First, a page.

The Deseret News in Salt Lake City, Utah, printed an editorial by Marjorie Cortez (“Fear of Government Hinders Healthcare Reform,” Sept. 29) which severely misrepresents the facts regarding the Medicare bidding program for home medical equipment. The American Association for Homecare has responded with the following Letter to the Editor.
"The editorial piece apparently relies solely on the highly selective observations of the political appointee, former Health and Human Services Secretary Mike Leavitt, whose agency oversees this Medicare bidding program. In his own often-repeated words, Leavitt says he was “politically stoned” by opponents of the bidding program. Your editorial continues, “In a competitive bidding process, low bidders who meet the specifications win the contracts. The rest go away empty-handed. So they start complaining to their congressional representatives. And their industry representatives start pressuring members of Congress to pull the plug on the pilot project, which they did.”
Leavitt apparently did not mention any details about the bidding program, which was designed to put most of the equipment providers (competitors) out of business – even if they agreed to new, lower, competitively bid rates. If the program had been implemented as Leavitt had envisioned, the most providers would have been put out of business. How does eliminating competitors – on top of lowering prices – breed competition in the long term?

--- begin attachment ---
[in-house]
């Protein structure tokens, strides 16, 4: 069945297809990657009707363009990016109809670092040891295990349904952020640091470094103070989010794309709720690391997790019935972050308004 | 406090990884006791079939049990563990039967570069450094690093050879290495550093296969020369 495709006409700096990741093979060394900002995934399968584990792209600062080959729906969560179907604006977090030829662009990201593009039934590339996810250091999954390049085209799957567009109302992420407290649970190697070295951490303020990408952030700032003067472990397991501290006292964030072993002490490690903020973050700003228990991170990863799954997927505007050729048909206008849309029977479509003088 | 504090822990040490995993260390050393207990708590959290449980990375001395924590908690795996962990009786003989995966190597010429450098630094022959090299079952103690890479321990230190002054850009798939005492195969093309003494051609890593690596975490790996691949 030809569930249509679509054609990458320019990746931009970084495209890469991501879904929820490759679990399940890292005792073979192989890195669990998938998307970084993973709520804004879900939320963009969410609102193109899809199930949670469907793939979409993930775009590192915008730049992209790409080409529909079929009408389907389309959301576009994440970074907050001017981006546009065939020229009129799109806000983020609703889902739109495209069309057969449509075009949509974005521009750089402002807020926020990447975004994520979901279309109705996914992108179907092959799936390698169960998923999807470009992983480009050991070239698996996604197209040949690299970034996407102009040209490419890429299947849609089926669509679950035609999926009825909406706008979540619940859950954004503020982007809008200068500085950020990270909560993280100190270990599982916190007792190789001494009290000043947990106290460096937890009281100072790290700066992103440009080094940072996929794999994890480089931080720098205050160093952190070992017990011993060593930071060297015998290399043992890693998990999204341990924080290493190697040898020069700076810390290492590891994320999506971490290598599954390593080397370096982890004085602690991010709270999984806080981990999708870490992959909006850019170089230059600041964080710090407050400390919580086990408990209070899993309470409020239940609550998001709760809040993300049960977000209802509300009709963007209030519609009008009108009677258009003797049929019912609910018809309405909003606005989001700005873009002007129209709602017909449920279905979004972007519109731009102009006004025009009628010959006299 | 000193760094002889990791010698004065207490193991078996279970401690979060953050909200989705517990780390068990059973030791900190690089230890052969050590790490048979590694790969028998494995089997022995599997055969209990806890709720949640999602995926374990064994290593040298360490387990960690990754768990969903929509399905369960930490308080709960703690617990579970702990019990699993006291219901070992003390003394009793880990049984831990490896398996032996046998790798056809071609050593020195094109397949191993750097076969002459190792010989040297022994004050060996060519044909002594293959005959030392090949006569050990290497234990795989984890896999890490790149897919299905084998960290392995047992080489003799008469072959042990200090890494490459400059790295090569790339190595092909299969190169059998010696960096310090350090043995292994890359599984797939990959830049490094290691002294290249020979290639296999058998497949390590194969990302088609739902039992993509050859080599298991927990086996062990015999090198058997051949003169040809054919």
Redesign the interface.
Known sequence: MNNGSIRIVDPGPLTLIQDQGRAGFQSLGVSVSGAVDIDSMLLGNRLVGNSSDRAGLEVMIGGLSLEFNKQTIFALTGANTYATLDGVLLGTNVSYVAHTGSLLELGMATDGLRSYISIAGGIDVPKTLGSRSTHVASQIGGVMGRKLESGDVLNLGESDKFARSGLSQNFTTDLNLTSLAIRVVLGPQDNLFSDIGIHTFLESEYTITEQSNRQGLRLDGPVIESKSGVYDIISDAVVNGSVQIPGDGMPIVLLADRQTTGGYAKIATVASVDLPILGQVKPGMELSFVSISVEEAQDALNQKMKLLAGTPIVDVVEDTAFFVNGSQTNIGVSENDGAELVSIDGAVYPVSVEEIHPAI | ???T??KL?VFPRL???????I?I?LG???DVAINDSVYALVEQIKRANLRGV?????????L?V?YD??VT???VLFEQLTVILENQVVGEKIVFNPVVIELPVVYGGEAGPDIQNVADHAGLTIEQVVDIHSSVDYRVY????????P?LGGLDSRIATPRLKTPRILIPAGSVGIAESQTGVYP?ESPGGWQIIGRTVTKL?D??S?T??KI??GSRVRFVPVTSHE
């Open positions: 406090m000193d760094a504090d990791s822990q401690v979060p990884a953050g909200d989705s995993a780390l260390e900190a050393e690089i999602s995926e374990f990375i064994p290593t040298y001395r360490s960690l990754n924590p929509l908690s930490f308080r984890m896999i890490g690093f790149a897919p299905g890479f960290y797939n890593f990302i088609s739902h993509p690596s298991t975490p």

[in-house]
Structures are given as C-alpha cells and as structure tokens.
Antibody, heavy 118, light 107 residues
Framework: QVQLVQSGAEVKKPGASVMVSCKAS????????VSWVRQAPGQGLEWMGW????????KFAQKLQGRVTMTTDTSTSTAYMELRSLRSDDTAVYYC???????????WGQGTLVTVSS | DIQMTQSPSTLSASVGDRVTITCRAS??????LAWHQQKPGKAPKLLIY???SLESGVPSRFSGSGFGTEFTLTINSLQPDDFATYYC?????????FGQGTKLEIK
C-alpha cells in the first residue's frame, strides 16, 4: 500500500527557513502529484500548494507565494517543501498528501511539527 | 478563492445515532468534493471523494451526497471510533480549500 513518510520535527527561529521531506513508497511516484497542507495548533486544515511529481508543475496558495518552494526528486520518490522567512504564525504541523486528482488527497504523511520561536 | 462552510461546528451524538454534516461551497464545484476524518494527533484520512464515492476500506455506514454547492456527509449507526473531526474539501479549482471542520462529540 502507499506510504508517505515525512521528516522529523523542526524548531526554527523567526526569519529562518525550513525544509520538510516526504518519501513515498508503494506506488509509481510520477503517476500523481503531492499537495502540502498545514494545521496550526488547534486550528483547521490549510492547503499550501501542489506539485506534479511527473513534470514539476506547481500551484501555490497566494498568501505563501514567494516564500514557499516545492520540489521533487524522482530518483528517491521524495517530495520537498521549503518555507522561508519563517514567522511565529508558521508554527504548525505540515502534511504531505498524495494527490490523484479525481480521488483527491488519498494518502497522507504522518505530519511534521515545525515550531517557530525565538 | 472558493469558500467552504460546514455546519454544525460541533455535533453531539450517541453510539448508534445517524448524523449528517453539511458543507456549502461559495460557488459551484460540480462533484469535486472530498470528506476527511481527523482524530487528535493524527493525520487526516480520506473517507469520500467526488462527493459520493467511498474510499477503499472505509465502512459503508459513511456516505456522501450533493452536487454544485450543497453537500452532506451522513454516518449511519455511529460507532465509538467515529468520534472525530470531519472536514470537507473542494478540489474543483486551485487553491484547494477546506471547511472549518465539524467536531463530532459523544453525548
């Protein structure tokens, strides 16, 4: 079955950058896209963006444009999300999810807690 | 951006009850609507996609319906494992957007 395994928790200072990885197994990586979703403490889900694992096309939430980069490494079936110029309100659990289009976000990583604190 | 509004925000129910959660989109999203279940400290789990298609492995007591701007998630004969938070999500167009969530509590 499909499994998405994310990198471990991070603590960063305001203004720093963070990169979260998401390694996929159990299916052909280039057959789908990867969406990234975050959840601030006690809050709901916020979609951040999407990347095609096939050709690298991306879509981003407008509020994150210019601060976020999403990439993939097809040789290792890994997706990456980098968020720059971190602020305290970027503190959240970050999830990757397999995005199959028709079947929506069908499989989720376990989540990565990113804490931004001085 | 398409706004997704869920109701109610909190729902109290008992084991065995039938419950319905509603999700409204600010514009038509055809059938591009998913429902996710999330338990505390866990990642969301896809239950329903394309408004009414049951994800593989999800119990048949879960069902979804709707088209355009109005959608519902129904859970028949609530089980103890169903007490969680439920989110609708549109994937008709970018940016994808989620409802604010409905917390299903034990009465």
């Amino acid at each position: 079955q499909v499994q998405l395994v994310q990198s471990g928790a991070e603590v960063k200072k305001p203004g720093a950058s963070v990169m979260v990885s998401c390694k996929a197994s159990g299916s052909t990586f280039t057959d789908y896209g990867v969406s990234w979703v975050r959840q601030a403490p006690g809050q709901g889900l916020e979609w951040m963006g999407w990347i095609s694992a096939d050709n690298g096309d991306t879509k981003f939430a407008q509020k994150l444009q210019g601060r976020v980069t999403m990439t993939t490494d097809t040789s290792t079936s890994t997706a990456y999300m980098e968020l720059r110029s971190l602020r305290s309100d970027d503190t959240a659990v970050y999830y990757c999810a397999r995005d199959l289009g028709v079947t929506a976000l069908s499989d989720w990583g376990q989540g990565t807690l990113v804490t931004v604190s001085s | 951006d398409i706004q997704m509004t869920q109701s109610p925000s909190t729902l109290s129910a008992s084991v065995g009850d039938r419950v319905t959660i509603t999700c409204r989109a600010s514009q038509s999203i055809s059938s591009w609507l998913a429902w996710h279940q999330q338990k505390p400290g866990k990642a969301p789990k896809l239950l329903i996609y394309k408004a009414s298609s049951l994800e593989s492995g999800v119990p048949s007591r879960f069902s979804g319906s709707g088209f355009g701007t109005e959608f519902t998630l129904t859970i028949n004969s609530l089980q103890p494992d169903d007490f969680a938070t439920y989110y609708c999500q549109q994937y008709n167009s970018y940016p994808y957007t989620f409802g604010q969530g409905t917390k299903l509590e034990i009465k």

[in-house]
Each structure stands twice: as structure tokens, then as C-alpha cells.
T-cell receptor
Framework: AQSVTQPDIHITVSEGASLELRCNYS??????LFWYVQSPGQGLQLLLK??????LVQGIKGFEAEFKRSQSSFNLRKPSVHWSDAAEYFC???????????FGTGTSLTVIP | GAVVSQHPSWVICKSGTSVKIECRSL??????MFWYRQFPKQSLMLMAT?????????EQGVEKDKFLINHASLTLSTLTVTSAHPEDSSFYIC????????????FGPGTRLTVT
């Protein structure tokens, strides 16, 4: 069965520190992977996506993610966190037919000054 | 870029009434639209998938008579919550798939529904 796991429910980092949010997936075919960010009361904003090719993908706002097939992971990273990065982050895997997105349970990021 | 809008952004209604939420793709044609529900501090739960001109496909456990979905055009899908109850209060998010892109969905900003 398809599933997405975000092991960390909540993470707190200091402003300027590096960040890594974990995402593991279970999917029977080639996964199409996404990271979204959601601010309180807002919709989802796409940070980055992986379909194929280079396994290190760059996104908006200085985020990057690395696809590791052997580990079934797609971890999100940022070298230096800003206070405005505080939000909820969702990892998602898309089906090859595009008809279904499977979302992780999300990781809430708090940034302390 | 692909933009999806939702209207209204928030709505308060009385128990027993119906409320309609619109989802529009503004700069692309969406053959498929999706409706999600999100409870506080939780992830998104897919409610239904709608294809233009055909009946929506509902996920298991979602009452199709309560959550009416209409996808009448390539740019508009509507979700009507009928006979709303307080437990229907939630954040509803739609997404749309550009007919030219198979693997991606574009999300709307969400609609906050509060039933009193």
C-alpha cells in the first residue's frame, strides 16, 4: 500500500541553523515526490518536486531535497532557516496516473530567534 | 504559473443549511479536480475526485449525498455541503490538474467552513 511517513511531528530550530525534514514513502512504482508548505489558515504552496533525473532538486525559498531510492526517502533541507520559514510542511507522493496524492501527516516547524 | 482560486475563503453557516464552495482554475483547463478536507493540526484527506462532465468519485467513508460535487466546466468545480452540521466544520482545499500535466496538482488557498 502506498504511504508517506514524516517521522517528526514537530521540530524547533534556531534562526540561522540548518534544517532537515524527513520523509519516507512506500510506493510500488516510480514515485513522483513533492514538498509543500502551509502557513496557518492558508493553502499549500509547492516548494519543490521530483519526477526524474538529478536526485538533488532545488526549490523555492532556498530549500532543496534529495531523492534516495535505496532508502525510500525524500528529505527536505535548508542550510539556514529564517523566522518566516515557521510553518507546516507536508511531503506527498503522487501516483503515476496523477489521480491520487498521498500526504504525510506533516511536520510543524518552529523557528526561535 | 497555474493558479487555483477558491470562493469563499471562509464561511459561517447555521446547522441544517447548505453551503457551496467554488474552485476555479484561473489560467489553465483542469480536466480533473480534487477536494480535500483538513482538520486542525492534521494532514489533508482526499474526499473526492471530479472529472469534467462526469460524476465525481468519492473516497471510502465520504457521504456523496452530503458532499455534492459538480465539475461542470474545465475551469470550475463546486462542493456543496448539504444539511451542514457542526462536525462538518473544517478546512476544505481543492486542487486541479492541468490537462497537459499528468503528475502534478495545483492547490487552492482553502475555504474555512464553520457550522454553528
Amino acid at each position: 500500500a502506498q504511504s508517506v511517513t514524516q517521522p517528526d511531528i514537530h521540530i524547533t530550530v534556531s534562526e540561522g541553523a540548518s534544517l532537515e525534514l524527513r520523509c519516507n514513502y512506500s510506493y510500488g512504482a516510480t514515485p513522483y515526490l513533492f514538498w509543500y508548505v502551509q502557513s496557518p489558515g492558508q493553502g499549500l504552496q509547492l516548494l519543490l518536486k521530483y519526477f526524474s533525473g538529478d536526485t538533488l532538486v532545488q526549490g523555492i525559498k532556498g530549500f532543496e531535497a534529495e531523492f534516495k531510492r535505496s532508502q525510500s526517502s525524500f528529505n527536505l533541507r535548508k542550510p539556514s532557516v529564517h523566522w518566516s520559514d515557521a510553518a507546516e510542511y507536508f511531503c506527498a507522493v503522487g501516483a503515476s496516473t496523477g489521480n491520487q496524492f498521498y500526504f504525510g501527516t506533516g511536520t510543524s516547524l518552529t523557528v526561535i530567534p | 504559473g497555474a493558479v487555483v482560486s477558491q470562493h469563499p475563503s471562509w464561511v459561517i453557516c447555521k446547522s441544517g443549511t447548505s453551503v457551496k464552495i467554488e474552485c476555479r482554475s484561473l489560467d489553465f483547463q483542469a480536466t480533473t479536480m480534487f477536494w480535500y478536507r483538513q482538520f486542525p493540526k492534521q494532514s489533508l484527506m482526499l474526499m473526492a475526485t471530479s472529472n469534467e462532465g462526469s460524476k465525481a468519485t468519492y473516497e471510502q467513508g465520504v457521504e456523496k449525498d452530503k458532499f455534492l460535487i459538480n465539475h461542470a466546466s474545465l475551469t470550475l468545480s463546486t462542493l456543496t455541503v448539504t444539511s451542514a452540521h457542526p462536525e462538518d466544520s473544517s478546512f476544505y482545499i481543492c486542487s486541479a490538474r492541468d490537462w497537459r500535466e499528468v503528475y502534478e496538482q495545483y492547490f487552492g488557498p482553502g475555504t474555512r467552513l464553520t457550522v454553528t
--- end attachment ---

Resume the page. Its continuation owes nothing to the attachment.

Your phrase “brief flirtation” to describe Medicare approach to competitive bidding is extremely misleading. Leavitt apparently did not mention the fact that the bidding program was briefly delayed by Congress in order to make it less of a business killer. Congress did not “pull the plug” on the program by any stretch of the imagination. It is very much alive. New regulations were issued in January 2009 and bids are due by the end of December of 2009.
Finally, Leavitt apparently did not mention the fact that the durable medical equipment community paid for every dollar the bid program had been projected to save (in the form of a 9.5 percent nationwide cut to home medical reimbursement rates in Medicare effective January 1, 2009.) Again, to be clear, this nationwide cut on the bid-upon items equals the savings that Medicare would have realized in the 10 large metro areas in last year’s first round of the bidding program.
As a result of last year’s congressional delay, the following occurred: Taxpayers reaped approximately $1 billion in savings. Thousands of small businesses were spared extinction. And tens of thousands of Medicare beneficiaries were spared disruptions to their services and access to quality medical care at home, which everyone agrees is the most cost-effective setting for care.
So, what exactly is Leavitt’s complaint? That Congress held him accountable?
Consider these statistics. The durable medical equipment sector in Medicare (oxygen, wheelchairs, hospital beds, etc.) help keep millions of Americans in their homes and out of more expensive institutional care. This sector of Medicare represents less than two percent of total Medicare spending and is growing annually at a rate of less than one percent a year. So spending in this sector is not the problem in Medicare – it’s part of the solution.
Your newspaper’s failure to cover this issue accurately or fairly or in any context is discouraging to say the least.
We would welcome the opportunity to provide a complete rebuttal as a guest editorial or at least a letter to the editor on this topic."
To read the editorial, visit http://www.deseretnews.com/article/705333094/Fear-hinders-health-care-reform.html.